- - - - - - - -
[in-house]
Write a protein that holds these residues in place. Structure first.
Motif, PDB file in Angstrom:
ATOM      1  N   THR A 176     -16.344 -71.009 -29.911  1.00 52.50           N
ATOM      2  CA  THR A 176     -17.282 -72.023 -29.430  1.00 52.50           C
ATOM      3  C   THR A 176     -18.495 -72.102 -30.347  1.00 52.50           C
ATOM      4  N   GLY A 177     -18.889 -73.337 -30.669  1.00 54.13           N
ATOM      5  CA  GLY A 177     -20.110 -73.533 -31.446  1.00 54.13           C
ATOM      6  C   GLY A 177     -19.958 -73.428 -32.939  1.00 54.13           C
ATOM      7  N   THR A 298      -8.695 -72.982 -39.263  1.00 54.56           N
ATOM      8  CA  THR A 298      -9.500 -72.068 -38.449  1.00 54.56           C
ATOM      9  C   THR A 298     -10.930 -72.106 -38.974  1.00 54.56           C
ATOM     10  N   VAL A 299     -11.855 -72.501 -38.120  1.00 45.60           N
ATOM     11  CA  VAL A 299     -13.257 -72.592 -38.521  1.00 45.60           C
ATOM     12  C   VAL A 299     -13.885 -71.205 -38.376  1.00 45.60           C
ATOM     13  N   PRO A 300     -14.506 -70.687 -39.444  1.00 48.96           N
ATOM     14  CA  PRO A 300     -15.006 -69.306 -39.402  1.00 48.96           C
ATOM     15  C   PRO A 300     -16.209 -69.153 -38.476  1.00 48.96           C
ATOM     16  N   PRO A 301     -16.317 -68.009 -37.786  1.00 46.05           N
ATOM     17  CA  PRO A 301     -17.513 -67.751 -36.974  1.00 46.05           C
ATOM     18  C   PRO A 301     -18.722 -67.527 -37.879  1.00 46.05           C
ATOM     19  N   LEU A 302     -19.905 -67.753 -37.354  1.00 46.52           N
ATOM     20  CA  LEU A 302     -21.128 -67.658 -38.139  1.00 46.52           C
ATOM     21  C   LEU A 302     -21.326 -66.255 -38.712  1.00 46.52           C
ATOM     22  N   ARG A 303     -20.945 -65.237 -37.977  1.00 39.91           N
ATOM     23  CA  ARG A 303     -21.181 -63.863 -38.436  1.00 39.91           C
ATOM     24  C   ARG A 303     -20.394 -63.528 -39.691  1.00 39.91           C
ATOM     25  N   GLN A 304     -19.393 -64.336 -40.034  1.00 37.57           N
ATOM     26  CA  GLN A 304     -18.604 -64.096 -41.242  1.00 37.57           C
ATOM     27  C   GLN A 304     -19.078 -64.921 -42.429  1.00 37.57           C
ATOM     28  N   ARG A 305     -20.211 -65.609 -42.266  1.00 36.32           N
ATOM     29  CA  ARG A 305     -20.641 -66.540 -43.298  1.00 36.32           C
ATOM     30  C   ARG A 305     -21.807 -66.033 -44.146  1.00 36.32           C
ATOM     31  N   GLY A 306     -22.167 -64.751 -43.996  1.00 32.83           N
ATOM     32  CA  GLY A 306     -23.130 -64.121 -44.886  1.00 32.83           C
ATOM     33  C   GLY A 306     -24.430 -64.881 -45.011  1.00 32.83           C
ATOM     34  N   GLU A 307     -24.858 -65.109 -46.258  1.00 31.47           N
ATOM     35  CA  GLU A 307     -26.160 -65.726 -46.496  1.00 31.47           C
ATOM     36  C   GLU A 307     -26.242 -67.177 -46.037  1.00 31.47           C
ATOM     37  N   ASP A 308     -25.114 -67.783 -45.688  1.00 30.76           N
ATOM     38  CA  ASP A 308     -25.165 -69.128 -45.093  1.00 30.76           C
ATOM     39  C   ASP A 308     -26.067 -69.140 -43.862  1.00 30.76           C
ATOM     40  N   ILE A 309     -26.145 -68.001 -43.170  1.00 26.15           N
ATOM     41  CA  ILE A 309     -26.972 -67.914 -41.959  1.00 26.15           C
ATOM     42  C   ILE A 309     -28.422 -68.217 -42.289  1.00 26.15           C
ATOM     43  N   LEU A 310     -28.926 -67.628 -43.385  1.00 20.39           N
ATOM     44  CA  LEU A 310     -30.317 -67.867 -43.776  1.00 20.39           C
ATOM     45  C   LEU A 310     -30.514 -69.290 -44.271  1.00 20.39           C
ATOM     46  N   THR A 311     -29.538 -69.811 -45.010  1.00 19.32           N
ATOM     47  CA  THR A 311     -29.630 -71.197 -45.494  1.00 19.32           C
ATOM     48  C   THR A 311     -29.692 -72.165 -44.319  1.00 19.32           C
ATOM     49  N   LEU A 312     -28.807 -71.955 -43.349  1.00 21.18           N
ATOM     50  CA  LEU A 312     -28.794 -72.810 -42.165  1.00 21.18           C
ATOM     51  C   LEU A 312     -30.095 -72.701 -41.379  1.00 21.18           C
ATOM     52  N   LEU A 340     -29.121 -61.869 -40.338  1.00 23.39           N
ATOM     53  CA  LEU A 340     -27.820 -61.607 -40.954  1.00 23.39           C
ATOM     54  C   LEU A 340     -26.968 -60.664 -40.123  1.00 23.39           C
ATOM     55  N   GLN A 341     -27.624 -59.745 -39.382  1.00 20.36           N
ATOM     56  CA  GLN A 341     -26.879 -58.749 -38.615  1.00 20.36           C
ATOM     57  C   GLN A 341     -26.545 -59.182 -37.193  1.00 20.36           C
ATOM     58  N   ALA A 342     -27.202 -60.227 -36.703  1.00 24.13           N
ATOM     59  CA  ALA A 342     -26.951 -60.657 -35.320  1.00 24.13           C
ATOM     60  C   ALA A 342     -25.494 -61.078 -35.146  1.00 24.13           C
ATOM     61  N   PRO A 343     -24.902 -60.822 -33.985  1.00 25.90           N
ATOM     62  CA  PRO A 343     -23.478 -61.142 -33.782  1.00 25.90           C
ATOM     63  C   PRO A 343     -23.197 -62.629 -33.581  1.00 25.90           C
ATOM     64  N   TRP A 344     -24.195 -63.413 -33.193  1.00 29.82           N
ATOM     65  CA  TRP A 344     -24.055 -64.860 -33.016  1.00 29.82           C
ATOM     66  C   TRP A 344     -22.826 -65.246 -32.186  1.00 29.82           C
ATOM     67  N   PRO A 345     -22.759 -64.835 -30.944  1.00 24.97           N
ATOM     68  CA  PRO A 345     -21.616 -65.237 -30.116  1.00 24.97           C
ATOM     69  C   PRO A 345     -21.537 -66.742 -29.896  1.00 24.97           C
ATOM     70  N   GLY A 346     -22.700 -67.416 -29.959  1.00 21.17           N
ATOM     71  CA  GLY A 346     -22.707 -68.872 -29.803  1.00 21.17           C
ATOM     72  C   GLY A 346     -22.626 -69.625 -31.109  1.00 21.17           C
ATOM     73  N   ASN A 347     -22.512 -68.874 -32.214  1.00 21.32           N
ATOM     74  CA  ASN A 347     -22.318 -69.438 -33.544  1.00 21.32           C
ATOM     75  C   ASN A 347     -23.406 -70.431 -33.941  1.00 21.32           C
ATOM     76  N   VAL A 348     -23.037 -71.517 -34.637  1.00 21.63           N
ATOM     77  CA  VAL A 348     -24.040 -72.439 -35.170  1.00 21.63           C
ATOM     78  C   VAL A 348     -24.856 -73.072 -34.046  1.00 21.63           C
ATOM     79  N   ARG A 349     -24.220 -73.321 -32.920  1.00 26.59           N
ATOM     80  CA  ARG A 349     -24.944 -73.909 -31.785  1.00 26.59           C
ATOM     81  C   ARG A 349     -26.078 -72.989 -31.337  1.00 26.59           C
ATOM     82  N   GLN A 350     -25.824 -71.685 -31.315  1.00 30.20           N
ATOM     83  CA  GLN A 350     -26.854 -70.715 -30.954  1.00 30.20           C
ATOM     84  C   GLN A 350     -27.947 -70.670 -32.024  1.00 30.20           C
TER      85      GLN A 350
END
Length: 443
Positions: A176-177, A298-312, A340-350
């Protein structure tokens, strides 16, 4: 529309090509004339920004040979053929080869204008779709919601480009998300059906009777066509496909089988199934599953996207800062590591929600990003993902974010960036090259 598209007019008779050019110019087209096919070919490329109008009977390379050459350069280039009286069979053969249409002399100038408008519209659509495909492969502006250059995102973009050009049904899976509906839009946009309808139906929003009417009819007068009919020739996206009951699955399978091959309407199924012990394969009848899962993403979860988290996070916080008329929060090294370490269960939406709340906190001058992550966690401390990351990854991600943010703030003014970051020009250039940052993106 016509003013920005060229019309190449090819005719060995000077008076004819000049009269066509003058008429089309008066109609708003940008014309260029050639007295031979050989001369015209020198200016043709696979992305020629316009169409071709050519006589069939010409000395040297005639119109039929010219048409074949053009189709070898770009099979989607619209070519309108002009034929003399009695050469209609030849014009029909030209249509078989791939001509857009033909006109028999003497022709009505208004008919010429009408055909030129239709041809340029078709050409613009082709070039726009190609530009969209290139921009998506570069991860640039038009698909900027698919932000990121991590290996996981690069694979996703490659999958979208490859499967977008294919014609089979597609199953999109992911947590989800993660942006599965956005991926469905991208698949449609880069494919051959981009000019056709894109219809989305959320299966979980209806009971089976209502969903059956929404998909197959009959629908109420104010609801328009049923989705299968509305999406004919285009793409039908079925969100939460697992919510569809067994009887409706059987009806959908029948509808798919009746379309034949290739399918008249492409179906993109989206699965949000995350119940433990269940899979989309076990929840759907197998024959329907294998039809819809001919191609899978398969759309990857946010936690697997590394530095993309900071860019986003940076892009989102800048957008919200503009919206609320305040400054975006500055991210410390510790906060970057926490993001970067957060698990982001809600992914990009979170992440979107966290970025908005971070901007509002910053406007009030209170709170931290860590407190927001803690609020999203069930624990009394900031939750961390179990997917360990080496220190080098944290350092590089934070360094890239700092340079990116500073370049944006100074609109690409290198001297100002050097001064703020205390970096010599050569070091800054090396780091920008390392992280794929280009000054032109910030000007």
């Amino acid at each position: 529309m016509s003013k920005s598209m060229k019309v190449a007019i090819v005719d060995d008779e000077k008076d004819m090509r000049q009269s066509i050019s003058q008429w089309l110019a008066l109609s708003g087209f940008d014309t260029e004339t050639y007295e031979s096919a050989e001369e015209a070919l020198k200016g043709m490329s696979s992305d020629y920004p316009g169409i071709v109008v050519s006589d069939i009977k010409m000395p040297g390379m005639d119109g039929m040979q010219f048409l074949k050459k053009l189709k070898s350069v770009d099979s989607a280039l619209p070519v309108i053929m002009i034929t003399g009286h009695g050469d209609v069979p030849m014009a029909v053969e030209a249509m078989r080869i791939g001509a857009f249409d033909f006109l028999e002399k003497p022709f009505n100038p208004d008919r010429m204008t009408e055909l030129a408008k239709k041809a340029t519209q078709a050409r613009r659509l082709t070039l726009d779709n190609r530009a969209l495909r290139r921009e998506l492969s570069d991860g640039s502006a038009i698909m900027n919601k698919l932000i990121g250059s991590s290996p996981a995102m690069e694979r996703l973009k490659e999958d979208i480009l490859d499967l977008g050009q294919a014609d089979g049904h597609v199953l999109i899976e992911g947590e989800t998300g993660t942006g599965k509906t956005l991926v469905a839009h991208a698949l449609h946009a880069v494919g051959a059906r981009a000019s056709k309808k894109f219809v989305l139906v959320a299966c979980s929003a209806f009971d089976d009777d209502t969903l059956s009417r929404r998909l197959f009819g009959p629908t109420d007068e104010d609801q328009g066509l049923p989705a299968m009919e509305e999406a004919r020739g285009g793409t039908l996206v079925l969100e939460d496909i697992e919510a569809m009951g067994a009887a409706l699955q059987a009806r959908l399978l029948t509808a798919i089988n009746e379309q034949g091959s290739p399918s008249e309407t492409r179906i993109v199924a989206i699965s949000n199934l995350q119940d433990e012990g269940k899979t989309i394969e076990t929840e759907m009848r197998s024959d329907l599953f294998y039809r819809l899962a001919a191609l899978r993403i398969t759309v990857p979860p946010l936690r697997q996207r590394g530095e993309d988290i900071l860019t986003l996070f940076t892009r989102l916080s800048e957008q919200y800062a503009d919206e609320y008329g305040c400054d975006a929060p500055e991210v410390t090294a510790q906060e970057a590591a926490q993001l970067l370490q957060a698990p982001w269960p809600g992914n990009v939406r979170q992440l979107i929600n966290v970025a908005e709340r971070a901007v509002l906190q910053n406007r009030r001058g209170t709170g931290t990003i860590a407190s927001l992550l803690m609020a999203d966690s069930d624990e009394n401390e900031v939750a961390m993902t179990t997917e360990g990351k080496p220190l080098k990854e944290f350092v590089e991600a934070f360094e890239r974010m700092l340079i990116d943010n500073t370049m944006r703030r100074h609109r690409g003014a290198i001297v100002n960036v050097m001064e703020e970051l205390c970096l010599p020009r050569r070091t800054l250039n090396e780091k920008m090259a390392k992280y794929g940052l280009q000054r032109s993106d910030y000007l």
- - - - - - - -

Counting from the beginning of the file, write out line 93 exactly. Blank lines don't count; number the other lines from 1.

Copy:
């Amino acid at each position: 529309m016509s003013k920005s598209m060229k019309v190449a007019i090819v005719d060995d008779e000077k008076d004819m090509r000049q009269s066509i050019s003058q008429w089309l110019a008066l109609s708003g087209f940008d014309t260029e004339t050639y007295e031979s096919a050989e001369e015209a070919l020198k200016g043709m490329s696979s992305d020629y920004p316009g169409i071709v109008v050519s006589d069939i009977k010409m000395p040297g390379m005639d119109g039929m040979q010219f048409l074949k050459k053009l189709k070898s350069v770009d099979s989607a280039l619209p070519v309108i053929m002009i034929t003399g009286h009695g050469d209609v069979p030849m014009a029909v053969e030209a249509m078989r080869i791939g001509a857009f249409d033909f006109l028999e002399k003497p022709f009505n100038p208004d008919r010429m204008t009408e055909l030129a408008k239709k041809a340029t519209q078709a050409r613009r659509l082709t070039l726009d779709n190609r530009a969209l495909r290139r921009e998506l492969s570069d991860g640039s502006a038009i698909m900027n919601k698919l932000i990121g250059s991590s290996p996981a995102m690069e694979r996703l973009k490659e999958d979208i480009l490859d499967l977008g050009q294919a014609d089979g049904h597609v199953l999109i899976e992911g947590e989800t998300g993660t942006g599965k509906t956005l991926v469905a839009h991208a698949l449609h946009a880069v494919g051959a059906r981009a000019s056709k309808k894109f219809v989305l139906v959320a299966c979980s929003a209806f009971d089976d009777d209502t969903l059956s009417r929404r998909l197959f009819g009959p629908t109420d007068e104010d609801q328009g066509l049923p989705a299968m009919e509305e999406a004919r020739g285009g793409t039908l996206v079925l969100e939460d496909i697992e919510a569809m009951g067994a009887a409706l699955q059987a009806r959908l399978l029948t509808a798919i089988n009746e379309q034949g091959s290739p399918s008249e309407t492409r179906i993109v199924a989206i699965s949000n199934l995350q119940d433990e012990g269940k899979t989309i394969e076990t929840e759907m009848r197998s024959d329907l599953f294998y039809r819809l899962a001919a191609l899978r993403i398969t759309v990857p979860p946010l936690r697997q996207r590394g530095e993309d988290i900071l860019t986003l996070f940076t892009r989102l916080s800048e957008q919200y800062a503009d919206e609320y008329g305040c400054d975006a929060p500055e991210v410390t090294a510790q906060e970057a590591a926490q993001l970067l370490q957060a698990p982001w269960p809600g992914n990009v939406r979170q992440l979107i929600n966290v970025a908005e709340r971070a901007v509002l906190q910053n406007r009030r001058g209170t709170g931290t990003i860590a407190s927001l992550l803690m609020a999203d966690s069930d624990e009394n401390e900031v939750a961390m993902t179990t997917e360990g990351k080496p220190l080098k990854e944290f350092v590089e991600a934070f360094e890239r974010m700092l340079i990116d943010n500073t370049m944006r703030r100074h609109r690409g003014a290198i001297v100002n960036v050097m001064e703020e970051l205390c970096l010599p020009r050569r070091t800054l250039n090396e780091k920008m090259a390392k992280y794929g940052l280009q000054r032109s993106d910030y000007l």